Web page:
If we find we cannot help others, the least we can do is to desist from harming them

If we find we cannot help others, the least we can do is to desist from harming them. – Dalai Lama

I am grateful for bees, for without them, we would have so few flowers.

What does that mean?
This is an old truism, crossing cultures and the ages, dating back to at least the 4th century BC. It is quoted in Latin (as “first, do no harm” or primum non nocere) and Greek (as part of the Hippocratic Oath “abstain from doing harm”). It is a truly universal expression of concern and compassion for our fellow human beings.

We cannot always help everybody every time we see someone in need. We can try as often as we can, but sometimes we come up short. This quote says it clearly; if you can’t help, at least don’t hurt them. It’s one thing to not be able to give food to a hungry person. It is another thing entirely to insult them or yell at them or otherwise cause them physical or emotional harm.

Why is gratitude important?  
To me, an attitude of gratitude, or being thankful and appreciative, is an important part of being a good person. If we are grateful for what we have, it is easier to feel sympathy and compassion for those who are doing without. I believe that gratitude helps us to expand our hearts and increase our compassion.

Gratitude also helps us choose properly when we see someone in need. If you are grateful for what you have, and see someone who is without, you have no desire to cause them any harm. Those who do wish to harm those who are in need are not typically the kind of people you would peg as gracious, right?

Where can I apply this in my life?
I’m grateful for a great many things. While no longer a “spring chicken,” I am very active both in body and mind. I have a great family, healthy children and a wonderful wife. While I could always find ways to spend more money, we have enough for what we need. In short, life is pretty good.

What are you grateful for? Grab some paper and write down the things that are going well in our life, and why you are grateful for them. Are there parts of your life where you are getting by? Are there parts of you life where things aren’t going well, but could be a lot worse? Is that something to be grateful for?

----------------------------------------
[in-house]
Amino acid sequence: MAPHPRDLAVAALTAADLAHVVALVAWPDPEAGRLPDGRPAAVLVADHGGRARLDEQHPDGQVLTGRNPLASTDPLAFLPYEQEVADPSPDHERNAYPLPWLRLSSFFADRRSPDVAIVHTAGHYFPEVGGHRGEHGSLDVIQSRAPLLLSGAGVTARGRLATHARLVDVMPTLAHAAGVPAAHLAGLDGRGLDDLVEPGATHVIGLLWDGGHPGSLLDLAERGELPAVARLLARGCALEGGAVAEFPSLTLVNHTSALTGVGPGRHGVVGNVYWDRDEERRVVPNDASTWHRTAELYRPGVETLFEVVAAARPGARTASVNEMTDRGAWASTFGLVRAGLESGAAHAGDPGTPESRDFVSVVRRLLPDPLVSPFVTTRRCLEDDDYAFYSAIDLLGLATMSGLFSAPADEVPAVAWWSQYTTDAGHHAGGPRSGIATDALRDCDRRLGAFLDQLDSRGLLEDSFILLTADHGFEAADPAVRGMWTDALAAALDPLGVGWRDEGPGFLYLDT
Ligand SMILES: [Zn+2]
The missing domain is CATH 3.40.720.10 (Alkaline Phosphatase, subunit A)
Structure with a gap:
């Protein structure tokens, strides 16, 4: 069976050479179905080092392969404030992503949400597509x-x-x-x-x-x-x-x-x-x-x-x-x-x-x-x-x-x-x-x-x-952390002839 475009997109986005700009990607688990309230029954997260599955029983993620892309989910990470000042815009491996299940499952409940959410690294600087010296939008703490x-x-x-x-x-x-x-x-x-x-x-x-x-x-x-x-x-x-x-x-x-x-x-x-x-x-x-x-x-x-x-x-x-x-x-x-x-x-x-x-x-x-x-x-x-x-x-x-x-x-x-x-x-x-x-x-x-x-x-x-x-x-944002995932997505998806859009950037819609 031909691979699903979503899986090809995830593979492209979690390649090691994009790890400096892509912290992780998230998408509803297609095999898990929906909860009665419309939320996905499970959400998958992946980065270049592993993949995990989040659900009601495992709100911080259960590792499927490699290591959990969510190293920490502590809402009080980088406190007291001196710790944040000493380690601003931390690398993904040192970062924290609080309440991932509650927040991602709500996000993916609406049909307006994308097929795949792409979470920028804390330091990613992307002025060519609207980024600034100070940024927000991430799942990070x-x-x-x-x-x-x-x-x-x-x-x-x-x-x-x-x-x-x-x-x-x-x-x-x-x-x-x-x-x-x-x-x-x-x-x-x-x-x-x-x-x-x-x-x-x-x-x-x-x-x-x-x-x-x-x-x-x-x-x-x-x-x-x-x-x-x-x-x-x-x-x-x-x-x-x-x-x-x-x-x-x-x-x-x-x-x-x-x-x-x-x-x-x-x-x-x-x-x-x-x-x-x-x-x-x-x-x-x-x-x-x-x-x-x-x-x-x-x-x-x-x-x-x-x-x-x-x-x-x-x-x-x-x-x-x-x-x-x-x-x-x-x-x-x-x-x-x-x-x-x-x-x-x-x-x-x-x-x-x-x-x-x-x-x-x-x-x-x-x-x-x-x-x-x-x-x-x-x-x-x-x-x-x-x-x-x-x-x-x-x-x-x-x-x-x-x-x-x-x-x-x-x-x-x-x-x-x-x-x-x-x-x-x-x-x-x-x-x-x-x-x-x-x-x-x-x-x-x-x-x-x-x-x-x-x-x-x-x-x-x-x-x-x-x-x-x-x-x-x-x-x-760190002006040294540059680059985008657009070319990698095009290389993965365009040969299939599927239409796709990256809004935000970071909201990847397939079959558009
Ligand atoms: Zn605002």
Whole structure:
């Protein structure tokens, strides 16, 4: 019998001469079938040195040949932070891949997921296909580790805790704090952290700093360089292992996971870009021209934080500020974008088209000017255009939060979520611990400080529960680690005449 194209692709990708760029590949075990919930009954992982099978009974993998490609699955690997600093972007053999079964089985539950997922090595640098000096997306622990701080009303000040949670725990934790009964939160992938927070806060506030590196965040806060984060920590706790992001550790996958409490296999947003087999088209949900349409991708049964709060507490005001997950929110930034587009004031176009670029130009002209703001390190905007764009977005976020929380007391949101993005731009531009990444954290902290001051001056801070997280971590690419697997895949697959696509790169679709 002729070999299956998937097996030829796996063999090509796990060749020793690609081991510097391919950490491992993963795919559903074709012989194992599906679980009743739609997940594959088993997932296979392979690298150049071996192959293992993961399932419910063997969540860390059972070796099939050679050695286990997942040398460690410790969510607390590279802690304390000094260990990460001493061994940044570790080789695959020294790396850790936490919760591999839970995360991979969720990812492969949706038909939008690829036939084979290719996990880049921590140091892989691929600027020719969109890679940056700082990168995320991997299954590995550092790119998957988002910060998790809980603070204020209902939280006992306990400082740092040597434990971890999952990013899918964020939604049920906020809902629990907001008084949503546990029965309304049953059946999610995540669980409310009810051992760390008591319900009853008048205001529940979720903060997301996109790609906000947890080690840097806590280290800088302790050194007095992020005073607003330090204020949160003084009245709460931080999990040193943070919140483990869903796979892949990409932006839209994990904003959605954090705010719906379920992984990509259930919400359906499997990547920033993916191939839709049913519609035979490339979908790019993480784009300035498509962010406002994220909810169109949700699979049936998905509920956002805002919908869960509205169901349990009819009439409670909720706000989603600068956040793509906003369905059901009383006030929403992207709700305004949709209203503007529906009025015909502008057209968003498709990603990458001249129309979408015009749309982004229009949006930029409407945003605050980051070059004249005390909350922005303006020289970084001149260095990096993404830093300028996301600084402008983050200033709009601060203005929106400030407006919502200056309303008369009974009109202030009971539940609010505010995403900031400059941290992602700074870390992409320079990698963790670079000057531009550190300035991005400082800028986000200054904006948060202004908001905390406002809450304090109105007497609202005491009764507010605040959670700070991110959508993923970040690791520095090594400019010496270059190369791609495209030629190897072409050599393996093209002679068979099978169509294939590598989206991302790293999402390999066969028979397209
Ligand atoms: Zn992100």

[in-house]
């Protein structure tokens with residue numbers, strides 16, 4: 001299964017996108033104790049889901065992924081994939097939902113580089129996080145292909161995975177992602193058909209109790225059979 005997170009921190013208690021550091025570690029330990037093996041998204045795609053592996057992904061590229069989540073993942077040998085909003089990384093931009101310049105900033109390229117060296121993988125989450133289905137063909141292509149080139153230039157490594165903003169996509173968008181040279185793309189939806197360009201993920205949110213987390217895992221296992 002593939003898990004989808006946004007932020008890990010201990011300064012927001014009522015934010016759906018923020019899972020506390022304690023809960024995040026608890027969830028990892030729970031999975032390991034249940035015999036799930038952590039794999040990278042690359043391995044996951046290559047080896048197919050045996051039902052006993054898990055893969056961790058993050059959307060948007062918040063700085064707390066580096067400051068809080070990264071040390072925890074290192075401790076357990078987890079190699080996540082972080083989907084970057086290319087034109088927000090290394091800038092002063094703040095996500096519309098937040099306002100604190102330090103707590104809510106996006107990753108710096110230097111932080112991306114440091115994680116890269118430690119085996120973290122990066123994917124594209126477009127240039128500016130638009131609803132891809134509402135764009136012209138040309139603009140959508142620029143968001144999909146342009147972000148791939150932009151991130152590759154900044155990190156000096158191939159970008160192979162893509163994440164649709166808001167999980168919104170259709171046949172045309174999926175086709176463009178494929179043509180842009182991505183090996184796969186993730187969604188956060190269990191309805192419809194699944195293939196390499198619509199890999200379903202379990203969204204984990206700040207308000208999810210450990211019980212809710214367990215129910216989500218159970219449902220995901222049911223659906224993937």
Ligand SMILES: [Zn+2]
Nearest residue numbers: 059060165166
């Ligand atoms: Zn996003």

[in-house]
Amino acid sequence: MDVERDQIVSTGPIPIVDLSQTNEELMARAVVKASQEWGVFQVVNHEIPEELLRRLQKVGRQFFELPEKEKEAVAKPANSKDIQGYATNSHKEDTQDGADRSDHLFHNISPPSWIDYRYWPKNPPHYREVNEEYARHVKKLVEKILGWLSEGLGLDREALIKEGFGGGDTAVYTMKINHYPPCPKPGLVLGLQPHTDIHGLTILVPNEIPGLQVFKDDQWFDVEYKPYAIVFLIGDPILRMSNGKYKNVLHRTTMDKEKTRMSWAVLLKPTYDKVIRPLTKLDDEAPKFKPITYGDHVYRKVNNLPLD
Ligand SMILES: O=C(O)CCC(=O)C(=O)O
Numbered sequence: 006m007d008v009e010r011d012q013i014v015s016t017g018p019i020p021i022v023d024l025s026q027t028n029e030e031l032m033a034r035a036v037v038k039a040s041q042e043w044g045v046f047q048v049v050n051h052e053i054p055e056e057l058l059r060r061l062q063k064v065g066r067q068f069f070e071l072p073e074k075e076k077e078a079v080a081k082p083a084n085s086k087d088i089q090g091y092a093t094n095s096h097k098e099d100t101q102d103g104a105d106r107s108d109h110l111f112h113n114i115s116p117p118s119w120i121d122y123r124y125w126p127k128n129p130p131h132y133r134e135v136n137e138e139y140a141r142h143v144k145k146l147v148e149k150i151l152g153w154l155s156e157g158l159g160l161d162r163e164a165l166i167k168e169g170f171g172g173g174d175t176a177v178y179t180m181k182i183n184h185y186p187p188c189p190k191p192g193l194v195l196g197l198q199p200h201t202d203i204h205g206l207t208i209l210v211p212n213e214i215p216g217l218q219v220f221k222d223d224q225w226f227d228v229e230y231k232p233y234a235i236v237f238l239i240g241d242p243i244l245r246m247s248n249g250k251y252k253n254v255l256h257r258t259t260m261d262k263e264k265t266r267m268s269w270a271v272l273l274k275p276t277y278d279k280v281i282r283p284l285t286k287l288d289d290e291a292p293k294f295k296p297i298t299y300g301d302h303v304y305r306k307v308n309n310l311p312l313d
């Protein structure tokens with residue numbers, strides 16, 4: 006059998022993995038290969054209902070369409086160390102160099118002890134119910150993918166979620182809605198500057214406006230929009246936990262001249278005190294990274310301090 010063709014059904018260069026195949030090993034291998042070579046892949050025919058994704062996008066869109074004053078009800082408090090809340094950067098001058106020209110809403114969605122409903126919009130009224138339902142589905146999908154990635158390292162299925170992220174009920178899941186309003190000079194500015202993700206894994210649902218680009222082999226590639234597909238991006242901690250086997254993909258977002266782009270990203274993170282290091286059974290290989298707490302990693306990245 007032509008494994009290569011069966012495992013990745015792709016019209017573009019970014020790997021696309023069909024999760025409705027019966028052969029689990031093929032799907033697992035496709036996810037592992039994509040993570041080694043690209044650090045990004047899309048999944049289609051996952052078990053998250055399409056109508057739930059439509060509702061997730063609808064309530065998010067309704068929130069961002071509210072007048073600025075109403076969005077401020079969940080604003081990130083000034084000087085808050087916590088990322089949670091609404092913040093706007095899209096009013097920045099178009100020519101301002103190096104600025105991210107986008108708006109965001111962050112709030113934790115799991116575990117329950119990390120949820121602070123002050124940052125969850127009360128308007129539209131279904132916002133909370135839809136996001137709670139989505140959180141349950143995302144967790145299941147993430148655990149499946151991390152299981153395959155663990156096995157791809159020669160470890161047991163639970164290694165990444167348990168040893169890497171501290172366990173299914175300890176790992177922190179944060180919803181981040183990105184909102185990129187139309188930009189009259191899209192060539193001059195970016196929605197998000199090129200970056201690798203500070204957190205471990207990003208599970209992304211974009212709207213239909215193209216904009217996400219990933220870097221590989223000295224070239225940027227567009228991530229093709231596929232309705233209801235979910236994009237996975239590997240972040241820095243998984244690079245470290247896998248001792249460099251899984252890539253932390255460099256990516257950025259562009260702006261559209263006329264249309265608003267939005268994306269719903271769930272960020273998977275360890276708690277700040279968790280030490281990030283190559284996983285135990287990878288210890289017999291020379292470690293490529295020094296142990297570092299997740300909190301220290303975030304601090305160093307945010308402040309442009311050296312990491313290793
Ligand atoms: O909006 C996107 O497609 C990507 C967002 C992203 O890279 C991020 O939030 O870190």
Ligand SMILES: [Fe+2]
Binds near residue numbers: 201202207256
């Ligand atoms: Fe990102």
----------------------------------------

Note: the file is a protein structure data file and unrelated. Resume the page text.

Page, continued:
How is your health? If there is something wrong, could it be worse? How is the rest of your health besides that issue? Is there anything in that situation to be grateful for? It could be worse, right? Are you grateful it isn’t worse?

Our finances aren’t great, but we’re getting by. We eat well, but not fancy. Our kids understand it’s not a great economy, and they love hot dogs and ramen noodles for dinner. We know people who have lost their homes or have had to move to other states to find a job. It could be a lot worse, and we’re grateful for what we have.

What did you come up with as answers, for what are you grateful? Hopefully you have a pretty good sized list. If not, I would ask why not? If things are so bad that nothing in any part of your life could get worse, then you’ve hit rock bottom, and it’s time to rejoice! The only way to go is up! It may sound like a platitude, but it’s true. If things are really that bad, have a heart full of gratitude, for truly the worst is over!

Now that your heart is full of gratitude, think of someone who has it worse than you. Do you feel an urge to kick them while they’re down? I don’t. Is it easier to feel sympathy and compassion for them, now that your heart is full of gratitude? It certainly is for me.

For me, cultivating an attitude of gratitude is easy. I just remind myself each morning, and every time I’m feeling down, how much worse it could be. It helps me get through the tough spots. It reminds me of an old saying, attributed to many sources : “I cried because I had no shoes until I met a man who had no feet.”

How much better do you think your attitude might be if you could remind yourself each morning that things could be worse, and that you are glad for what you have? Can you do that, each morning, read through the list you just made?

From: Twitter, @DalaiLama
confirmed at : it’s his own feed…
Photo by aussiegall


About philosiblog

I am a thinker, who is spending some time examining those short twitter quotes in greater detail on my blog.
This entry was posted in compassion, giving, gratitude, humanitarianism, kindness and tagged , , , , . Bookmark the permalink.

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